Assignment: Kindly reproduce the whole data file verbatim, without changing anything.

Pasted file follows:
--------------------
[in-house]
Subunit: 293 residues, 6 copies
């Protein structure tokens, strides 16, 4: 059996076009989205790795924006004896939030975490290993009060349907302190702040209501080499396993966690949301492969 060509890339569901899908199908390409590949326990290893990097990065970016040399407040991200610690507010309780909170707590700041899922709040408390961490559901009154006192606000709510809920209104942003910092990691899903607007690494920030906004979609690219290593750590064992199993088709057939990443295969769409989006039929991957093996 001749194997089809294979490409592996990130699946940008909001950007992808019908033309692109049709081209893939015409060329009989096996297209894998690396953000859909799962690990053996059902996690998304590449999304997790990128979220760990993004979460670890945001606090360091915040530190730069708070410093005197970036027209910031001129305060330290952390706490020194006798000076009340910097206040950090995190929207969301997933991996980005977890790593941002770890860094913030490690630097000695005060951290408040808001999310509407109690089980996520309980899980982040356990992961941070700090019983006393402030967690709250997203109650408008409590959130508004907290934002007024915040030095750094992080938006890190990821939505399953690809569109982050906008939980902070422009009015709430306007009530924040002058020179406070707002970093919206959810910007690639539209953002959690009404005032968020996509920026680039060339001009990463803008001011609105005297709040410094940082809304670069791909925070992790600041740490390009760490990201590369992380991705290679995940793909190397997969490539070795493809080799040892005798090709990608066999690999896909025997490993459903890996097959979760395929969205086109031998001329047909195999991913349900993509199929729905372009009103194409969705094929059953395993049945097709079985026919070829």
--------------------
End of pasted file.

[in-house]
Subunit: 293 residues, 6 copies
């Protein structure tokens, strides 16, 4: 059996076009989205790795924006004896939030975490290993009060349907302190702040209501080499396993966690949301492969 060509890339569901899908199908390409590949326990290893990097990065970016040399407040991200610690507010309780909170707590700041899922709040408390961490559901009154006192606000709510809920209104942003910092990691899903607007690494920030906004979609690219290593750590064992199993088709057939990443295969769409989006039929991957093996 001749194997089809294979490409592996990130699946940008909001950007992808019908033309692109049709081209893939015409060329009989096996297209894998690396953000859909799962690990053996059902996690998304590449999304997790990128979220760990993004979460670890945001606090360091915040530190730069708070410093005197970036027209910031001129305060330290952390706490020194006798000076009340910097206040950090995190929207969301997933991996980005977890790593941002770890860094913030490690630097000695005060951290408040808001999310509407109690089980996520309980899980982040356990992961941070700090019983006393402030967690709250997203109650408008409590959130508004907290934002007024915040030095750094992080938006890190990821939505399953690809569109982050906008939980902070422009009015709430306007009530924040002058020179406070707002970093919206959810910007690639539209953002959690009404005032968020996509920026680039060339001009990463803008001011609105005297709040410094940082809304670069791909925070992790600041740490390009760490990201590369992380991705290679995940793909190397997969490539070795493809080799040892005798090709990608066999690999896909025997490993459903890996097959979760395929969205086109031998001329047909195999991913349900993509199929729905372009009103194409969705094929059953395993049945097709079985026919070829």